|UC Berkeley||September 16–23, 2018||552||± 6.0%||48%||49%||3%|
|Monmouth University||September 13–16, 2018||300 LV||± 5.7%||51%||41%||8%|
|402 RV||± 4.9%||46%||42%||12%|
|Tulchin Research (D-Cisneros)||August 1–6, 2018||600||± 4.0%||42%||53%||5%|
|DCCC (D)||June 10, 2018||–||–||45%||43%||–|
|Remington (R)||January 10–11, 2018||761||± 3.48%||41%||38%||–|
Results[edit | edit source]
The general election was held on November 6. In the first few days following the election, Young Kim was leading in the early reported results. However, ballots in California only have to be postmarked on election day, and other races in California have shifted from Republican election night leads to Democratic victories. The Mercury News reports speculation that Democratic swings in the days following the election are "due to Democratic voters being more likely to cast their ballots on election day or mail them in at the last minute, instead of voting early". Over the next few days, Cisneros pulled ahead of Young Kim. On November 17, AP News projected that Cisneros had won the election. County officials plan to publish their final results by December 7, 2018.
References[edit | edit source]
- Schneider, Elena (3 June 2018). "'This is the weirdest race in the country'". Politico. Retrieved 1 July 2018.
- Blood, Michael R. (May 5, 2018). "California's Orange County could determine Congress control". Sacramento Bee.
- Martin, Jonathan; Arango, Tim (June 6, 2018). "Democrats Find Relief in California House Race Results". The New York Times.
- "Democrat Cisneros nabs GOP House seat in Southern California". AP NEWS. 2018-11-18. Retrieved 2018-11-18.
- Bowman, Bridget (January 8, 2018). "House Foreign Affairs Chairman Ed Royce Announces Retirement". Roll Call. Washington, DC. Retrieved January 8, 2018.
- Blood, Michael R. (May 2, 2018). "California's Orange County could determine Congress control". Seattle Times.
- Phillips, Amber (March 18, 2018). "The top 10 House races of 2018". Washington Post.
- Schneider, Elena (December 25, 2017). "The top 10 House races to watch in 2018". Politico.
- Rothenberg, Stuart (May 14, 2018). "Rothenberg's Dangerous Dozen Open House Seats". Inside Elections.
- Bowman, Bridget (April 19, 2018). "Young Kim Launches First TV Ad in California's 39th District". Roll Call.
- Graham, Jordan (May 18, 2018). "The CA 39th: Candidates, intrigue, money and, now, a truce". Orange County Register.
- Kennedy, Corinne S. (March 8, 2018). "Democrats could turn some California GOP districts blue — if they get on the same page". The Desert Sun.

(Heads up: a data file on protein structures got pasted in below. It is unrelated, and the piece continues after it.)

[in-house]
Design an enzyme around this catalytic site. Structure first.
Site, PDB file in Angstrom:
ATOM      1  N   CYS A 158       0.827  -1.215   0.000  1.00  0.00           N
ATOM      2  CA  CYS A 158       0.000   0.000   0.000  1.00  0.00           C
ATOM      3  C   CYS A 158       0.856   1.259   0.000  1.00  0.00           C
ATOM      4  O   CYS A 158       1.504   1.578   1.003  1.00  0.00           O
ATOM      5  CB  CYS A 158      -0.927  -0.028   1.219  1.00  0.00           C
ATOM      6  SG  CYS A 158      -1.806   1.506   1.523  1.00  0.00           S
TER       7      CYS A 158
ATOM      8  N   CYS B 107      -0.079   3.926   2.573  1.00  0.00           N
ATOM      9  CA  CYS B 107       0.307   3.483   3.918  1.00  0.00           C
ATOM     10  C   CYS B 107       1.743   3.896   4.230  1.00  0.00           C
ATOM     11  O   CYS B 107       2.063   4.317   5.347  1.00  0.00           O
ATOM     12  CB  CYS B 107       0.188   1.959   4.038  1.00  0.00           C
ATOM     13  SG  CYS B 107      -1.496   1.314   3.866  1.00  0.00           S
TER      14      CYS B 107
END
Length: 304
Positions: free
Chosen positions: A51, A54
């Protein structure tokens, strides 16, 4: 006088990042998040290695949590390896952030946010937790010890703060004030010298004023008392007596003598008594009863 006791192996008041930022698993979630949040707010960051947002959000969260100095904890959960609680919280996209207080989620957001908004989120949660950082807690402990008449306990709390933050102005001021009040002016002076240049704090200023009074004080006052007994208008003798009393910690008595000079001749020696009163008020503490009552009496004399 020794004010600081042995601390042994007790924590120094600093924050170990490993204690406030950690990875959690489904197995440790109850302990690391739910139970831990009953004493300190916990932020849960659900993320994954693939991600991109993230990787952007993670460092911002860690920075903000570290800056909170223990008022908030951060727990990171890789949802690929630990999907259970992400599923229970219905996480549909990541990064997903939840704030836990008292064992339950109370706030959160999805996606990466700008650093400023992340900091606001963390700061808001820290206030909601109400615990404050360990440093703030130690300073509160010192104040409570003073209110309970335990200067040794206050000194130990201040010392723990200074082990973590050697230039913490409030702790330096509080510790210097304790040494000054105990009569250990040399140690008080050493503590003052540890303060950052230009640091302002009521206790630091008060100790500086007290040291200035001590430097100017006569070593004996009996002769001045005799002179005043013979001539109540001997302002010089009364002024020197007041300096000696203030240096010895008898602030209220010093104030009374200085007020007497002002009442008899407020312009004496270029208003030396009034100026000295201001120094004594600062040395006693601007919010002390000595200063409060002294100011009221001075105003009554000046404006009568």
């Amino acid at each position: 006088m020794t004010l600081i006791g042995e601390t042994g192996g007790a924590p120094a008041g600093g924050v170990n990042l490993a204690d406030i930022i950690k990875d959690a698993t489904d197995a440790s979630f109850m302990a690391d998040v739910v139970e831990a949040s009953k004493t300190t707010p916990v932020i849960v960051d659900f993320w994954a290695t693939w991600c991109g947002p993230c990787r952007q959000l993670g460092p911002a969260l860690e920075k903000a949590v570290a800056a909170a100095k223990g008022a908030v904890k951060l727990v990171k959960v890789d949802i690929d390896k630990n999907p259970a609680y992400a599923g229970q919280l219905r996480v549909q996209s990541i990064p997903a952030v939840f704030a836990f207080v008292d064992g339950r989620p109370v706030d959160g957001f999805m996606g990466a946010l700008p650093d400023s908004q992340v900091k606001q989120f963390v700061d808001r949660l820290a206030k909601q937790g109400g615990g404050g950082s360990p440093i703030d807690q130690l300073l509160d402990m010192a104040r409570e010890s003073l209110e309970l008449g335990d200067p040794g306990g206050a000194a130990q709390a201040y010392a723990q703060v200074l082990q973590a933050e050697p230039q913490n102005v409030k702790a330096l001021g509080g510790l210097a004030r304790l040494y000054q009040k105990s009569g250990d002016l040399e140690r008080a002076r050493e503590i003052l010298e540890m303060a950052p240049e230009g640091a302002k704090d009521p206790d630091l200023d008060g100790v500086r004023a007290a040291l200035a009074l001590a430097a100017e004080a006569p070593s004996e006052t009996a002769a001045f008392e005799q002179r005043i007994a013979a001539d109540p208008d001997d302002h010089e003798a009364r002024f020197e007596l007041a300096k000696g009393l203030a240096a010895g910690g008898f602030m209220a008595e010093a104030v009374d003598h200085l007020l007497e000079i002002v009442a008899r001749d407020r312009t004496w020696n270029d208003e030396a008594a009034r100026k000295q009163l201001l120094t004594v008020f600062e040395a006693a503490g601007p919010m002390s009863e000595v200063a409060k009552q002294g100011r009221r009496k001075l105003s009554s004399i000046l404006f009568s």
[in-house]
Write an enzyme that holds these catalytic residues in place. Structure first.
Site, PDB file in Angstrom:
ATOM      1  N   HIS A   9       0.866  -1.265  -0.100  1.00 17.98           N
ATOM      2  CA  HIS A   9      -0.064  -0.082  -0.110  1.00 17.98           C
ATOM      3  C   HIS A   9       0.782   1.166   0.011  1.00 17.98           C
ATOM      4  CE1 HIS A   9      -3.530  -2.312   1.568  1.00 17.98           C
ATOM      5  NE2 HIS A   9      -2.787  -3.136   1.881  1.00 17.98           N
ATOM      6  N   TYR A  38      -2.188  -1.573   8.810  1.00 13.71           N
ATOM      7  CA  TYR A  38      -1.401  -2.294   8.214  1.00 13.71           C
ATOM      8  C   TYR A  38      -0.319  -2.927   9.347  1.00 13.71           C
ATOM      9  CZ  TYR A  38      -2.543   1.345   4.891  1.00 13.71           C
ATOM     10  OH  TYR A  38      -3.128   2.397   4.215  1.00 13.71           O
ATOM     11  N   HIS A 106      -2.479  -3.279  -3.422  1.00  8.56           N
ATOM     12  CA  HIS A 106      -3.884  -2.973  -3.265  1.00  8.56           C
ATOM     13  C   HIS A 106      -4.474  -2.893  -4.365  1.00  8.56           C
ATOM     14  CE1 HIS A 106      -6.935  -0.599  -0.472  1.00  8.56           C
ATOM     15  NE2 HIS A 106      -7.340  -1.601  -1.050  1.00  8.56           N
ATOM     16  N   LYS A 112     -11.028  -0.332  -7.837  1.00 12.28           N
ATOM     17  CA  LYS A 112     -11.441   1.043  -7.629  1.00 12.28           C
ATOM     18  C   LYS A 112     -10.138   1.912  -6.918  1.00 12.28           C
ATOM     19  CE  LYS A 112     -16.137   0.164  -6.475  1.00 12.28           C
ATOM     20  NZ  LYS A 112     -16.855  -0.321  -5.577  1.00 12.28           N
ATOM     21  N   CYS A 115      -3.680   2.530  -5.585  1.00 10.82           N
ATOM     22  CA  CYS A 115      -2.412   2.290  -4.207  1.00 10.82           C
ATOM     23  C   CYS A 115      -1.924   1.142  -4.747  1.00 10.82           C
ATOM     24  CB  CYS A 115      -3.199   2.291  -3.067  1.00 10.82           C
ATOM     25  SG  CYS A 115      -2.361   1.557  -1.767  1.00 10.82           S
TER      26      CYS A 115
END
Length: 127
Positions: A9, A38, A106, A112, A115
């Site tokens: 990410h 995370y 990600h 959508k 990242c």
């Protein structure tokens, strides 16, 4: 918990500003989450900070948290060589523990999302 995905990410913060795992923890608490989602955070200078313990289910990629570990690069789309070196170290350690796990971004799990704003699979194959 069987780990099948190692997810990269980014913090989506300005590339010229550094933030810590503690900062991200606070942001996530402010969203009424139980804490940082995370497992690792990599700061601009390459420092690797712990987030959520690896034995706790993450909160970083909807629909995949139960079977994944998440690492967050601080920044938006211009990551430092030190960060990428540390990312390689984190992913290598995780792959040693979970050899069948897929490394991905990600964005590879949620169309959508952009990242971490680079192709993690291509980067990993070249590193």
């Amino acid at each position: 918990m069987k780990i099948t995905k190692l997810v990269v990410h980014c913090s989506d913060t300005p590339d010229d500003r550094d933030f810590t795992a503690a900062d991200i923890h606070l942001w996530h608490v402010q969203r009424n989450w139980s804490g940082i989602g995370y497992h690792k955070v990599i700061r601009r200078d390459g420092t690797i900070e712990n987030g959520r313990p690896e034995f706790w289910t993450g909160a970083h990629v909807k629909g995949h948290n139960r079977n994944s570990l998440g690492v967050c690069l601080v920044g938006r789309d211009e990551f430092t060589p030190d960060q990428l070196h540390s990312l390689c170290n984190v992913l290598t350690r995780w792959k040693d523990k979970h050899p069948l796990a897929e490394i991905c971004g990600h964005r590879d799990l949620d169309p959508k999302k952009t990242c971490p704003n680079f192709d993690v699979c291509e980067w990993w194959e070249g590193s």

- "Report of Registration - January 2, 2018". California Secretary of State. January 2, 2018. Retrieved 2018-11-20.
- Rapfogel, Adam (April 2, 2018). "California's Jungle Primary Will Change Election Outcomes this November". Gordian Digital.
- Wasserman, David (May 22, 2018). "House Ratings Changes: GOP Fortunes Improve in Four Districts". Cook Political Report.
- Sadhwani, Sara (May 1, 2018). "Will Asian Americans make California even bluer in November?". Washington Post.
- Anderson, Lauren (November 24, 2017). "Battleground 2018: How California's Red Districts Can Alter the Nation's Political Landscape". Harvard Political Review.
- Fuchs, Chris (May 16, 2018). "Young Kim's Congressional campaign is a run two decades in the making". NBC News.
- Wasserman, David (January 8, 2018). "Royce Retirement Moves CA-39 from Lean Republican to Lean Democratic". Cook Political Report.
- Lee, Jasmine C. (March 26, 2018). "To Reclaim the House, Democrats Need to Flip 24 G.O.P. Seats. 25 Are in Clinton Territory". New York Times.
- Custodio, Spencer (May 10, 2018). "North OC's 39th Congressional Race Still a 'Toss Up'". Voice of OC.
- Roarty, Alex (May 17, 2018). "Dems increase effort to avoid California catastrophe". McClatchy DC.
- Bowman, Bridget (May 24, 2018). "'That Danger Is Real' — Democrats' Final Push to Avoid Shutout in Key California Races". Roll Call.
- Burns, Alexander (April 21, 2018). "Democrats push some candidates to bow out of midterm elections". The New York Times.
- Hagen, Lisa (May 14, 2018). "House Dems boost spending in key California races". The Hill.
- Coker, Matt (May 17, 2018). "Year of the Woman? Not When It Comes to Orange County's Congressional Races". OC Weekly.
- Wildermuth, John (April 19, 2018). "Lottery millionaire wins again: National Democrats help him in Orange County race". San Francisco Chronicle.
- Mervis, Jeffrey (April 27, 2018). "A house too far: Two scientists abandon their bids for Congress". Science.
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- "ENDORSEMENTS". Shawn Nelson For Congress.
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- Karen Lee Schatzle (NPP) 1%
- Karen Lee Schatzle (NPP) 3%
- Jay Chen* (D) 7%, Other 4%. *Withdrawn.
- Jay Chen* (D) 5%; Phil Janowicz* (D) 4%; John Cullum (R) 3%; Camilla Kuo Liou* (D) and Andrew Sarega (R) with 2%; Ted Alemayhu (AIP), Sophia Alexander (AIP), Mark Gaouette* (R), Melissa Garza* (NPP), Herbert Lee (D), Suzi Park Leggett (D), Phil Liberatore (R), Ted Rusk* (D), and Nathan Troutman* (D) with 1%; Karen Lee Schatzle (NPP) and Cybil Steed* (D) with 0%; Other 8%. *Withdrawn
- Castillejo, Esther (April 17, 2018). "The Note: Trump world a nexus of spider web connections". ABC News.
- Hagen, Lisa (May 27, 2018). "Dem money floods Calif. primaries to avert electoral disaster". The Hill.
- Schneider, Elena (June 3, 2018). "'This is the weirdest race in the country'". Politico.
- Hamblin, Abby (May 15, 2018). "California voters, the onslaught of political advertising is here". The San Diego Union-Tribune.
- Wright, David (May 15, 2018). "Pair of top Democratic groups target key California districts in new ad push". CNN Politics.
- Hagen, Lisa (May 18, 2018). "Dem peace deal reached in crucial House district". The Hill.
- Mai-Duc, Christine (May 7, 2018). "DCCC drops first TV ads of 2018, attacking Republicans running for Ed Royce seat". Los Angeles Times.
- "California's primaries are the most unpredictable in America". The Economist.
- Hagen, Lisa (May 16, 2018). "Dems step up efforts to avoid California primary shutouts". The Hill.